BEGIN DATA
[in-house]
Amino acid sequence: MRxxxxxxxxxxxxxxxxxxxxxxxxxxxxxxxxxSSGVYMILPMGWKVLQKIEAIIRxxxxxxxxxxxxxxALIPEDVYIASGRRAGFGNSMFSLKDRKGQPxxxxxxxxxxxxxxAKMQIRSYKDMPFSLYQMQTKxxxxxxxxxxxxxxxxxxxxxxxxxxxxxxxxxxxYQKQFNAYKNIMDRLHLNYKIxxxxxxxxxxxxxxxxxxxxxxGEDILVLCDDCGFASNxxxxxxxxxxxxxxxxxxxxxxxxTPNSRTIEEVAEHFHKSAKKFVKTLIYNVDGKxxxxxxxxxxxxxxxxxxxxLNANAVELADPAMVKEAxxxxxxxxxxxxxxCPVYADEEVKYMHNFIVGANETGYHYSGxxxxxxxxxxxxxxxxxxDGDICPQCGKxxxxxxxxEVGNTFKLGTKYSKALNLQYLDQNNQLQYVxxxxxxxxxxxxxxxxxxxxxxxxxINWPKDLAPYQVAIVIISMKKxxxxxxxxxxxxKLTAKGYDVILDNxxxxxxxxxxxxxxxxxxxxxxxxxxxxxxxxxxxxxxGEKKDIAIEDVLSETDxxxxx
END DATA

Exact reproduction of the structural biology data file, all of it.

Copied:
[in-house]
Amino acid sequence: MRxxxxxxxxxxxxxxxxxxxxxxxxxxxxxxxxxSSGVYMILPMGWKVLQKIEAIIRxxxxxxxxxxxxxxALIPEDVYIASGRRAGFGNSMFSLKDRKGQPxxxxxxxxxxxxxxAKMQIRSYKDMPFSLYQMQTKxxxxxxxxxxxxxxxxxxxxxxxxxxxxxxxxxxxYQKQFNAYKNIMDRLHLNYKIxxxxxxxxxxxxxxxxxxxxxxGEDILVLCDDCGFASNxxxxxxxxxxxxxxxxxxxxxxxxTPNSRTIEEVAEHFHKSAKKFVKTLIYNVDGKxxxxxxxxxxxxxxxxxxxxLNANAVELADPAMVKEAxxxxxxxxxxxxxxCPVYADEEVKYMHNFIVGANETGYHYSGxxxxxxxxxxxxxxxxxxDGDICPQCGKxxxxxxxxEVGNTFKLGTKYSKALNLQYLDQNNQLQYVxxxxxxxxxxxxxxxxxxxxxxxxxINWPKDLAPYQVAIVIISMKKxxxxxxxxxxxxKLTAKGYDVILDNxxxxxxxxxxxxxxxxxxxxxxxxxxxxxxxxxxxxxxGEKKDIAIEDVLSETDxxxxx